He asked prospective disciples, “Are you sure you want follow me? The birds of the air have their nests, and the foxes have their holes, but the Son of Man has no place to lay His head” (Luke 9:58). Have you counted the cost? Are you sure you want to follow someone so poor, so disenfranchised? A rich young ruler asked what he must do to have eternal life, and Jesus told him to sell his possessions and give the proceeds to the poor. He knew his possessions, were his first love; that he loved his savings more than he could ever love Him, as his Savior! There was another potential disciple who said, “Lord, I want to follow you, but first let me go home and bury my father” (i.e. “return home and wait until my father dies, and then I will follow you,” for that was the duty of the eldest son). But Jesus knew the time was short. He had only two years to train his followers to continue His ministry after His departure, following His crucifixion and resurrection, so He said, “Follow me…Let the dead bury the dead!; as for you, go and proclaim the kingdom of God” (vs. 59-61). On another occasion, He said, “Truly, I tell you, unless a grain of wheat falls into the ground and dies, it remains just a single grain; but if it dies, it bears much fruit. Those who love their life will lose it, and those who hate their life in this world will keep it for eternal life (i.e. those who love their life in this world, satisfying the claims of self, more than they love Him in submitting to His claim on their lives). Whoever serves me must follow me, and where I am, there will my servant be also” (John 12:24-26). Perhaps His absolute claim on the lives of His followers is summed up best, in regard to all other claims, in these familiar words: “If any want to become my followers, let them deny themselves and take up their cross and follow me…For what will it profit them if they gain the whole world, but lose their own soul (i.e. forfeit their own life)” (Matthew 16:25-26).
Is it any wonder that Christ’s words and claims are so difficult for people in our contemporary society to accept, with its obsession with the self and its claims, with the insatiable appetite for the things this world offers, for “enough” is always “more”? Surely we can see how greed and covetousness are incompatible with the claims of Christ. The apostle Paul calls covetousness idolatry! He had learned the secret of contentment, which was found in his own deliverance from bondage to those things the self desires, such as success and security, the way this world defines both, in terms of position, possessions, power (Philippians 3:4-11). Paul wanted his friends in Philippi to know that he was rejoicing, even though he was in prison, because he had been brought from bondage to freedom in Christ: “I rejoice in the Lord greatly…For I have learned to be content with whatever I have. I know what it is to have little, and I know what it is to have plenty. In any and all circumstances I have learned the secret…I can do all things through Christ who strengthens me” (Philippians 4:10-14).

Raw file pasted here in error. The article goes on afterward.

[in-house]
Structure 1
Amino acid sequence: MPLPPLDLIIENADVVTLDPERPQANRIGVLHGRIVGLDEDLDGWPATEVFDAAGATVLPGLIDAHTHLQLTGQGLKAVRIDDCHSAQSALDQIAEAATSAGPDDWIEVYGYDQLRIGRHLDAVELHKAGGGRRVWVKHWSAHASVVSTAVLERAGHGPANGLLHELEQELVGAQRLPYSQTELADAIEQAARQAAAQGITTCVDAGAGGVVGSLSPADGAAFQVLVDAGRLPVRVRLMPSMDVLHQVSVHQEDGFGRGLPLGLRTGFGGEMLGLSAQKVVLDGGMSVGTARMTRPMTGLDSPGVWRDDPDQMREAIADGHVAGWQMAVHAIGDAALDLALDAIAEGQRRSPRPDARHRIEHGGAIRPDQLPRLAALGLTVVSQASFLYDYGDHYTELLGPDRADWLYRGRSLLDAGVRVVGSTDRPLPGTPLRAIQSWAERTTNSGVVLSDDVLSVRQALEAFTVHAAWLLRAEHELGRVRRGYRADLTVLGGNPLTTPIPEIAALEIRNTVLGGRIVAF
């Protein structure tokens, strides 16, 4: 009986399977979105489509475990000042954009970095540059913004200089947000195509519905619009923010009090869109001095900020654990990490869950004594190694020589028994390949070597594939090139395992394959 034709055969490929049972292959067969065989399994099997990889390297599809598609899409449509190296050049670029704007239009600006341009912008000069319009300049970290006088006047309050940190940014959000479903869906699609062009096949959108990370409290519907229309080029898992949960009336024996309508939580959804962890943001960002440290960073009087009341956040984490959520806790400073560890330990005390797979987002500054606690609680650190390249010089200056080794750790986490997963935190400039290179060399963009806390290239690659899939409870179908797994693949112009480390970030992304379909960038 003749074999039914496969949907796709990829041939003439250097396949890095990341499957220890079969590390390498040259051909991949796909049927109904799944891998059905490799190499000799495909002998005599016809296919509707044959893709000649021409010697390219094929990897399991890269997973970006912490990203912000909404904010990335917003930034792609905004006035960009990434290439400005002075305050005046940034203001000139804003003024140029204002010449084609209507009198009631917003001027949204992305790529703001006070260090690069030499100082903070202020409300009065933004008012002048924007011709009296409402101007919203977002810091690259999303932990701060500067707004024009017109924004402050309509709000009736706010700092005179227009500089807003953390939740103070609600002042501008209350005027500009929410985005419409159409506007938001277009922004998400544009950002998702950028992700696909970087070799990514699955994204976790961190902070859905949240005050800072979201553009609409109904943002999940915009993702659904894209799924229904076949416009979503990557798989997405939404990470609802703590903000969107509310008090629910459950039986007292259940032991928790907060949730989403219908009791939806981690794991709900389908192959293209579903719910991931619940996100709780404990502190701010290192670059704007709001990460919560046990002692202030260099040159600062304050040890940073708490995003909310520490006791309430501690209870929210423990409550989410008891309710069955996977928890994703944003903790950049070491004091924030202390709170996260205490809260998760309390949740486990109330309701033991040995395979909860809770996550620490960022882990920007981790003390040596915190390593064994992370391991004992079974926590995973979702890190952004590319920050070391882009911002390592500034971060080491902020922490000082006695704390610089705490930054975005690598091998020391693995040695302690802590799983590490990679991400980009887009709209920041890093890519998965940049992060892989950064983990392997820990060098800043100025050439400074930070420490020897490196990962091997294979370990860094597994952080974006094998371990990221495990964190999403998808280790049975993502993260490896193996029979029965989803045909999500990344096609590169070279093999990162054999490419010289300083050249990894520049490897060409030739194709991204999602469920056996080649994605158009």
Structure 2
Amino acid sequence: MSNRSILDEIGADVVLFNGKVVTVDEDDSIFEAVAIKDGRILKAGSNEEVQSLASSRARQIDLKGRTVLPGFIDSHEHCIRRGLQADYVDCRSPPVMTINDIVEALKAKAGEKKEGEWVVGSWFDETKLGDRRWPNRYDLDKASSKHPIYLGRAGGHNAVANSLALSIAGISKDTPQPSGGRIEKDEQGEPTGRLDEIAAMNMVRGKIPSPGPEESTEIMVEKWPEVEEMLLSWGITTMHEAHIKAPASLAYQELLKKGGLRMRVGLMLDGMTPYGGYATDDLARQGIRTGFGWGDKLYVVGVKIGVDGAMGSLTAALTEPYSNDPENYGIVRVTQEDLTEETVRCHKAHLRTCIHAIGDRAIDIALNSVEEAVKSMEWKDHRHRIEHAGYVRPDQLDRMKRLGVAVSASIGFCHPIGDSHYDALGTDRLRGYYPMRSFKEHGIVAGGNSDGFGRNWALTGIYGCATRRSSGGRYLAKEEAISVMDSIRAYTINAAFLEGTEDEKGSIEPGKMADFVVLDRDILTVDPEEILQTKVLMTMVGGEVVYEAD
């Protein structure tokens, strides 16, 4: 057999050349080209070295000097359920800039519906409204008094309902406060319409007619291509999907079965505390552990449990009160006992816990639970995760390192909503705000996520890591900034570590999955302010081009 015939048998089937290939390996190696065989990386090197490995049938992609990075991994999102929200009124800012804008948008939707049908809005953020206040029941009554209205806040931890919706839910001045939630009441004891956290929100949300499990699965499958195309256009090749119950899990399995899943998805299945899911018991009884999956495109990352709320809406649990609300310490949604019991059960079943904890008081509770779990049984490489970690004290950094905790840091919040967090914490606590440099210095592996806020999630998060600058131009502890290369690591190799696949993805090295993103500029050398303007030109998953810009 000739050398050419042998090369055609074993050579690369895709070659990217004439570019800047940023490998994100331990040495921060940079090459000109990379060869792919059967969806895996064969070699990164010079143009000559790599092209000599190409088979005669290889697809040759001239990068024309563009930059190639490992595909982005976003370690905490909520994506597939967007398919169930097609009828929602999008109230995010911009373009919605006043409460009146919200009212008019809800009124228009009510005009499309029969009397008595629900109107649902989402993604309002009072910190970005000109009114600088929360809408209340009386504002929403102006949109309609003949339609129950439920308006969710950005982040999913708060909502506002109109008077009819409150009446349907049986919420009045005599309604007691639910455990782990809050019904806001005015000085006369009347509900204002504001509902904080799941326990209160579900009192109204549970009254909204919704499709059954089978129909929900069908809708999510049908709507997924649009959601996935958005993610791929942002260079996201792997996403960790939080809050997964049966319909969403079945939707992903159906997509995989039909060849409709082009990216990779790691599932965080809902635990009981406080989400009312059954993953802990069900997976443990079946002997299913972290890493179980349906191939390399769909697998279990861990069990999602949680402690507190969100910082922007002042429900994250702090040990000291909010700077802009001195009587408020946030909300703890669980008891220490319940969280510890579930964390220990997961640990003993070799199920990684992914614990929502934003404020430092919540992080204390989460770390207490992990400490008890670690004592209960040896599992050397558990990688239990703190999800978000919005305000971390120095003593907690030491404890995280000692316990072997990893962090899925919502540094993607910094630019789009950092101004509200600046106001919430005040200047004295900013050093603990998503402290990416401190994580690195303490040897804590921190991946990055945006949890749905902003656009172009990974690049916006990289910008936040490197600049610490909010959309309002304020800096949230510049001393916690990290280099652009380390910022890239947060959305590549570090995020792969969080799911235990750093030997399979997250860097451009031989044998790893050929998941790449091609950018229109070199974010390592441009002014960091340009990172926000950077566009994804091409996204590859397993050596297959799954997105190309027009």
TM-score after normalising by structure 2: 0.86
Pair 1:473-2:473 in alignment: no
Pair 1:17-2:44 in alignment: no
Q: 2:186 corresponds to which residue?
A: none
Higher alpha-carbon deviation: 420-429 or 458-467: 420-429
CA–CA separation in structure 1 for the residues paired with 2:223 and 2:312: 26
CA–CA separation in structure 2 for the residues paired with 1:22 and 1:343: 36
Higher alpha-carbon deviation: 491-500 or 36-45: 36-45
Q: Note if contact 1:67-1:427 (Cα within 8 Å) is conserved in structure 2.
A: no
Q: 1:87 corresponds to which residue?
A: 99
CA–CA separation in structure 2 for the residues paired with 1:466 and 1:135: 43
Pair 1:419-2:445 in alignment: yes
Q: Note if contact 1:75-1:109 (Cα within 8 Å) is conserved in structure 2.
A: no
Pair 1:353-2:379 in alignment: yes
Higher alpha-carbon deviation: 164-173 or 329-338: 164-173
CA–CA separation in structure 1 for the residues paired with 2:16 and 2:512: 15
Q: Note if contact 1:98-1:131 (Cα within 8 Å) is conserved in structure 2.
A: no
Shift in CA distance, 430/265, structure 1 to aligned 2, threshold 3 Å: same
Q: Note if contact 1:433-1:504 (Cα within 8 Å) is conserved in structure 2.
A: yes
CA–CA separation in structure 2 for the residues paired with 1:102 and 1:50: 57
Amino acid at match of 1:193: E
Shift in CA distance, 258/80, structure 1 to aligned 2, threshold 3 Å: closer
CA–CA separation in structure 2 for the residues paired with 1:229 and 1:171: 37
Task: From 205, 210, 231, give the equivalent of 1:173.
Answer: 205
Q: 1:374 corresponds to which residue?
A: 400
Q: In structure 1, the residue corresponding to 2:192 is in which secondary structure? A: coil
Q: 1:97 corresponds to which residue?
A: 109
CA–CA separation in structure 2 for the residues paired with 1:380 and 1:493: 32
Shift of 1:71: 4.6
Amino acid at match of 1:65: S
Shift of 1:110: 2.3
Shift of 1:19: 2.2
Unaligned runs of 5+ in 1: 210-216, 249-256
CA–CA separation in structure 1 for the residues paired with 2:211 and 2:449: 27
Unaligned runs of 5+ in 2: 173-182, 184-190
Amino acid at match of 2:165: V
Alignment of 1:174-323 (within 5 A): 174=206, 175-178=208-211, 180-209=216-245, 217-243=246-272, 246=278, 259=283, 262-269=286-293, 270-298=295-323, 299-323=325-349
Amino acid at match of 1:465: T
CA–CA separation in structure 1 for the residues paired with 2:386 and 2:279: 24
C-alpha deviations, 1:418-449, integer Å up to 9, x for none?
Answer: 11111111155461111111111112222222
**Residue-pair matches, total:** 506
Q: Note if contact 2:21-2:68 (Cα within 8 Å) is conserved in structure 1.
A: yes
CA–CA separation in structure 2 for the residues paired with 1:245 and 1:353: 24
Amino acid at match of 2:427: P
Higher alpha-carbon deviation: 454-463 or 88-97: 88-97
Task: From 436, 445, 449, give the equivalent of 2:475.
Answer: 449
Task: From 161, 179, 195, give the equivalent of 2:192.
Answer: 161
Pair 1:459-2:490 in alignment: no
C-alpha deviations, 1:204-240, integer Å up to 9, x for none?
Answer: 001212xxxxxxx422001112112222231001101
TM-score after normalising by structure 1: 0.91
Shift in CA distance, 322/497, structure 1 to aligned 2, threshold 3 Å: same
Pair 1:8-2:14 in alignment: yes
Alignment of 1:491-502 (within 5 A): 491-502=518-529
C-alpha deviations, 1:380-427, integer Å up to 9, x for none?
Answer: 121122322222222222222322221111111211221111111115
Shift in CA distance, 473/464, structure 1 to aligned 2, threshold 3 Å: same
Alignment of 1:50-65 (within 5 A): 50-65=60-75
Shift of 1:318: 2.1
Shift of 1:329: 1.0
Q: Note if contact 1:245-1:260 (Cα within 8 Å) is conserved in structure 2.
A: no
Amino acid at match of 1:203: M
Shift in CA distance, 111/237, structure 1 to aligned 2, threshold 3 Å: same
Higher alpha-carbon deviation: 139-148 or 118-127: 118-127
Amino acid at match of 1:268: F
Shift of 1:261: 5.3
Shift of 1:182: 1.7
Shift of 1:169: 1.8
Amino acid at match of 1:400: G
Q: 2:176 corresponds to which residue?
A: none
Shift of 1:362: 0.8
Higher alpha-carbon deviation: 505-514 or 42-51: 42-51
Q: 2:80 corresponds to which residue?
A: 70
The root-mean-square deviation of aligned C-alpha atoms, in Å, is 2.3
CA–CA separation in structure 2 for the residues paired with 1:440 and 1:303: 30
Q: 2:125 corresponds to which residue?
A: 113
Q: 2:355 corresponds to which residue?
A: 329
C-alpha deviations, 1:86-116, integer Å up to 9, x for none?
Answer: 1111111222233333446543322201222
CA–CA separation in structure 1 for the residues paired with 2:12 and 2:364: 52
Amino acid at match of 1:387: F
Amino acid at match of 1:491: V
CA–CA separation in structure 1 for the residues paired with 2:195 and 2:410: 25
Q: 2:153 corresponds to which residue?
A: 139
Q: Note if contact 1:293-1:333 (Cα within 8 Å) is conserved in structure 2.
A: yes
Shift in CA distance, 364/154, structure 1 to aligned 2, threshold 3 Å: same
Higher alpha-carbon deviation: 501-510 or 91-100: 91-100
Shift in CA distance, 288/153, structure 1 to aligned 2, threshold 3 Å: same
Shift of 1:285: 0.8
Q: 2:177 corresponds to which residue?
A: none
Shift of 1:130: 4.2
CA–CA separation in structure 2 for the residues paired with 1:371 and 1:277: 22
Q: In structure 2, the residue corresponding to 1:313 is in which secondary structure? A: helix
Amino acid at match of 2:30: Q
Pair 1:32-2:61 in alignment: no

However, it is in Paul’s Letter to the Galatians that we find the greatest secret of all, not only the secret of contentment but the secret that has eluded so many Christians – how to experience the joy and fulfillment that comes from not striving or struggling to live the Christian life in our own strength, but denying self and submitting to the Lordship of Jesus Christ in our lives. It was J. Hudson Taylor, founder of the China Inland Mission, who called this secret “the exchanged life,” as shared by the apostle Paul in his own personal testimony: “I have been crucified with Christ; it is no longer I who live, but Christ who lives in me. And the life I now live in the flesh I live by faith in the Son of God who loved me and gave himself for me” (Galatians 2:20). Exchanging our life, the self life, for His life, given for us on the cross; exchanging our weakness for His strength; exchanging our inadequacy for His sufficiency; exchanging our poverty for His riches; exchanging our sinful self for His sinless self. It is recognizing and confessing that the old life, the sin life, the self life, was nailed to the cross with Jesus. Christ not only died for me; I died with Him! “I have been crucified with Christ; and the life I now live, I live by faith in the Son of God, who loved me and gave Himself for me.”
My friends, Christianity is not a “do-it-yourself” religion! Living the Christian life, contrary to what some people suggest, is not a matter of “imitating” Christ, in the hope of gaining a state of righteousness like His, making ourselves righteous in the sight of God by striving and struggling to be more and more like Him (and always being troubled by the thought that we know we are failing), for it is not only difficult to ever make ourselves like Him, it is impossible! The righteousness that is pleasing to God is not our own righteousness, which at its best is still “filthy rags”, as the Bible tells us – not a righteousness “gained”, but a righteousness “given” – the righteousness of Christ that is a the gift of God, a “grace gift,” for we are “His workmanship,” we are “what He has made us” (Ephesians 2:8-10; see also Romans 3:21:”…the righteousness of God through faith in Jesus Christ for all who believe”) – THIS IS THE TRUTH, THIS IS THE SECRET, THAT COULD CHANGE YOUR LIFE TODAY!